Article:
@Tosh I didn't get the impression you were suggesting everyone should go for 20g :) I was just curious what you were doing after I see what I came up with today. Thanks! I'm at 19g for today (not really for trying, just the way the day went) but am debating if it would be worth the effort to stick with it. We are going to Hawaii on June 2 and it would be nice to maximize the results. Why, I don't know, no one there knows me, lol. More so for my ego when I have to buy a new bathing suit before we go I guess!

    @Bunks if you are still feeling crappy the next day, try adding in some sodium. When you go low carb, your body gets rid of a lot of water, and with it a lot of electrolytes, especially sodium. Have some good soup or broth or just add some salt to some dishes, you might find it helps. Some of it is just a sort of withdrawl from carbs and sugar, but a lot of it is that loss of sodium, especially if you have brain fog going on with it.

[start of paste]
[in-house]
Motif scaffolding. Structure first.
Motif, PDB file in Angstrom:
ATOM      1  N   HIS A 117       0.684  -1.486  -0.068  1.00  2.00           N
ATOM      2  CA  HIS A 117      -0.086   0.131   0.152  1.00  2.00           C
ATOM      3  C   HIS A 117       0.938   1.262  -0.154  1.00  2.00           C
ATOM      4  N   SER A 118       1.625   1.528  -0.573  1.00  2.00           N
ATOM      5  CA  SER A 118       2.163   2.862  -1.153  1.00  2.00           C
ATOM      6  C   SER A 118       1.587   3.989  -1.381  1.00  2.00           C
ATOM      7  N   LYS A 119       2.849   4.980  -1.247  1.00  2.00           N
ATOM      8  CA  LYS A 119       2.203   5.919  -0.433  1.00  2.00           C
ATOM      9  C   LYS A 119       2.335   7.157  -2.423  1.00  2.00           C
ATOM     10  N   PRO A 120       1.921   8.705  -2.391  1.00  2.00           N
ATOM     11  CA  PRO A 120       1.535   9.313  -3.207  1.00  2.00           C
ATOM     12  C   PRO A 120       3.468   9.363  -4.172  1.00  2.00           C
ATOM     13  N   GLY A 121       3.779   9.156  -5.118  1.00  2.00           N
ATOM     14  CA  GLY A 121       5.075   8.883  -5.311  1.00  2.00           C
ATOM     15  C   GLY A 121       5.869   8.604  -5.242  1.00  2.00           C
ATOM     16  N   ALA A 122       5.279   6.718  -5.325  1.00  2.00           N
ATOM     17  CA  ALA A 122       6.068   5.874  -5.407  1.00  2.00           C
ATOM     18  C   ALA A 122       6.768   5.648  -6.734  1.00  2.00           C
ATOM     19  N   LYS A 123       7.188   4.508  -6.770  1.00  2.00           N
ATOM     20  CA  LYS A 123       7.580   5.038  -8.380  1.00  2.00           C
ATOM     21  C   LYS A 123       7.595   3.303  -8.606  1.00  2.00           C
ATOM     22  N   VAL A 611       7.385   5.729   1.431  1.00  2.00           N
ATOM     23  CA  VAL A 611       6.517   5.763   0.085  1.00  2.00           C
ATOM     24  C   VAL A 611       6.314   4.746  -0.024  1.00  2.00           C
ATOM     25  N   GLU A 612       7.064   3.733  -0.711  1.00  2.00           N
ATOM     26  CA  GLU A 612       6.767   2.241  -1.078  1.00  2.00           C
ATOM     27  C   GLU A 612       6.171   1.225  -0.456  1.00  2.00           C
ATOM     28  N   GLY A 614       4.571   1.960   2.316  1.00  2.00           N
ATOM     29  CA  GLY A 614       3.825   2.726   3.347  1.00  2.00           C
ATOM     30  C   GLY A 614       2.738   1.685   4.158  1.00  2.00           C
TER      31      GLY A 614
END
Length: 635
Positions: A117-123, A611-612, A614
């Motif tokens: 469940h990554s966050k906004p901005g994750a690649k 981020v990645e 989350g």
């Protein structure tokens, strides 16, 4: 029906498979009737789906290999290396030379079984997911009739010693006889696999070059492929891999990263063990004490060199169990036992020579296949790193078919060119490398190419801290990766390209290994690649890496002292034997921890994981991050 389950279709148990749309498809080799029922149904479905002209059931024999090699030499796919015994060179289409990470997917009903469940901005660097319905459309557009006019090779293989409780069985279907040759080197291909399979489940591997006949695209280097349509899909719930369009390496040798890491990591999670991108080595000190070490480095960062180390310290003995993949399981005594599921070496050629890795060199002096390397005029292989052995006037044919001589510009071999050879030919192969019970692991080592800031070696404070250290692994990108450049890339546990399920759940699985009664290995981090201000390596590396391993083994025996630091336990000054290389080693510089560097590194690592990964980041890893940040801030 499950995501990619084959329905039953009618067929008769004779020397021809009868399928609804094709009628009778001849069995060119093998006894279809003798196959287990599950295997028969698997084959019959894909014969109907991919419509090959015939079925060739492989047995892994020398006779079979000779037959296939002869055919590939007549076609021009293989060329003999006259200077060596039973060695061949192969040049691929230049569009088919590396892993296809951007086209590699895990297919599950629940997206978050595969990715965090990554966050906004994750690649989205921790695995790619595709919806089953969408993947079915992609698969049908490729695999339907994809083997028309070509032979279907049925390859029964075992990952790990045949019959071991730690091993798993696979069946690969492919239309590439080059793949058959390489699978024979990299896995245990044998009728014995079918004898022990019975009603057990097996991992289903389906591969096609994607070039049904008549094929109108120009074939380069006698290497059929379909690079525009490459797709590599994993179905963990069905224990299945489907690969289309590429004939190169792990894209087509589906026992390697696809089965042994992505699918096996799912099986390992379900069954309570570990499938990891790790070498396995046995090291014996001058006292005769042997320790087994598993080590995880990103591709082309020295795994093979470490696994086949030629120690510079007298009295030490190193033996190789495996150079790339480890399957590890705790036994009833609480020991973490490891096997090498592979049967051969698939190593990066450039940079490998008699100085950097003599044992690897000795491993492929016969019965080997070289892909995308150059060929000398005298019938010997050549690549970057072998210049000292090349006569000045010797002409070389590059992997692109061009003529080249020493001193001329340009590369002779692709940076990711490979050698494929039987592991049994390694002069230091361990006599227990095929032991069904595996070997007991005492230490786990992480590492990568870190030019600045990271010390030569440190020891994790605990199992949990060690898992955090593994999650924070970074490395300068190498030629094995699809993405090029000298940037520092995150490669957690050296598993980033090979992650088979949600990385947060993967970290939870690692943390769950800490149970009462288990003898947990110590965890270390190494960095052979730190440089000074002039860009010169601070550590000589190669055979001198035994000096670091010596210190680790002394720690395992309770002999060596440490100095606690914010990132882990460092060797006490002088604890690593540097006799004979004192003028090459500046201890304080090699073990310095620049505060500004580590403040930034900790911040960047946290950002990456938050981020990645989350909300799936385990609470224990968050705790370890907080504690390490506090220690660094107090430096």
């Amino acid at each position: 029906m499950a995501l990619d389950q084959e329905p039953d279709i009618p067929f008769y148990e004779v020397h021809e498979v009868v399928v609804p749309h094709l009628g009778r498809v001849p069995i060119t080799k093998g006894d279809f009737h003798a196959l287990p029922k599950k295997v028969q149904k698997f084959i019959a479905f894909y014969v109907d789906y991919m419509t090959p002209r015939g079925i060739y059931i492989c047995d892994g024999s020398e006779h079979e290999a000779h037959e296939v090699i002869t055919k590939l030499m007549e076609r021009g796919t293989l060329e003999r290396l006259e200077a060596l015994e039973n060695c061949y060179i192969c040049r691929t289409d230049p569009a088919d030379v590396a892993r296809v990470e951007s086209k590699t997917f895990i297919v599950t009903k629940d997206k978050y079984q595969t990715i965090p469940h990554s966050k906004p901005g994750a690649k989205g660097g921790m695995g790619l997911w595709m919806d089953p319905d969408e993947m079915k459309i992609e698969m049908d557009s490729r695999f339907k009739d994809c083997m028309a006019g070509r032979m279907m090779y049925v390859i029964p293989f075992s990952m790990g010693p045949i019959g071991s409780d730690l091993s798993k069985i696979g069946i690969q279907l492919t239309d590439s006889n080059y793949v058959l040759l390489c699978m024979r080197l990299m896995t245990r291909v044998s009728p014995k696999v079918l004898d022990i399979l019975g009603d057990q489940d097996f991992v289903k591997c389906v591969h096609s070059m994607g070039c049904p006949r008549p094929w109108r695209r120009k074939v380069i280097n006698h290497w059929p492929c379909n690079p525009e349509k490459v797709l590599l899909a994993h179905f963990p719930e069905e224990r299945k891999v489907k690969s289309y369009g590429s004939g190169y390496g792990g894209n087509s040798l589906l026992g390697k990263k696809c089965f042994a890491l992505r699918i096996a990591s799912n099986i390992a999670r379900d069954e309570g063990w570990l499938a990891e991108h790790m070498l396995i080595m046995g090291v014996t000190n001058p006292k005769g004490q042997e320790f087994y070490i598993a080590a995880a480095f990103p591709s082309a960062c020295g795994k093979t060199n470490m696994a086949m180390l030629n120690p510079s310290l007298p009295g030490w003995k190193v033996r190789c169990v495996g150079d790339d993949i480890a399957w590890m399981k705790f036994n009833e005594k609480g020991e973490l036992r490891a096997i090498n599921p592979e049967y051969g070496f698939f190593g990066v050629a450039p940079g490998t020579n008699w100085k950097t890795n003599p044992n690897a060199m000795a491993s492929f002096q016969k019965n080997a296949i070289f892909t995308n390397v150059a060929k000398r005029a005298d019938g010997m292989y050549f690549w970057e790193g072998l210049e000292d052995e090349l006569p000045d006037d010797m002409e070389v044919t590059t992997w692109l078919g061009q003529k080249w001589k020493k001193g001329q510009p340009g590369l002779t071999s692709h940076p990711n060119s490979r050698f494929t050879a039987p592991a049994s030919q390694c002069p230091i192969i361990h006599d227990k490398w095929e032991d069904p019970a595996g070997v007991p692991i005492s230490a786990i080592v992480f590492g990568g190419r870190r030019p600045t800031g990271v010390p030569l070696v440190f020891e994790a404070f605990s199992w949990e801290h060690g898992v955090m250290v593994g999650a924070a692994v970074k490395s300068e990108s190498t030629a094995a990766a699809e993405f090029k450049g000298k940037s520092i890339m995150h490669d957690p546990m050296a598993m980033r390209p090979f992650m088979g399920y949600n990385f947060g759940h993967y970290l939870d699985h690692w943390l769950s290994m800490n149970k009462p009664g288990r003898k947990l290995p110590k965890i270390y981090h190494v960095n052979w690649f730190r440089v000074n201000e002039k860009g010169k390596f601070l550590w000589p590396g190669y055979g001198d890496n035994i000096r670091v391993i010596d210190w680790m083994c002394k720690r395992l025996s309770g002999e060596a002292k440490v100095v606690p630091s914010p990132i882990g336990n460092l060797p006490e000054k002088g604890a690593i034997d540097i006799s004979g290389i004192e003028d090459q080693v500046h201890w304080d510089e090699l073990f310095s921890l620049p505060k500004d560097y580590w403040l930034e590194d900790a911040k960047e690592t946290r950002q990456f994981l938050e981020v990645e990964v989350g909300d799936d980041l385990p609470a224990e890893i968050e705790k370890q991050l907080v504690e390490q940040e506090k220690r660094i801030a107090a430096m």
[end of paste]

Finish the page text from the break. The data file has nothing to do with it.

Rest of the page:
• BunksBunks Australia Veteran

    @karasti said:

    >

    Thanks @karasti - I must admit I have been feeling sh*tty today. I suspect it is for the reasons you've mentioned above......

  • federicafederica seeker of the clear blue sky Its better to remain silent and be thought a fool, than to speak out and remove all doubt Moderator

    I think my drinking copious quantities of ACV and bicarb of soda (diluted, of course!) has certainly helped stave off those feelings....I manage to achieve a combination that actually resembles carbonated water with a squeeze of lemon, which I find very refreshing and thirst-quenching.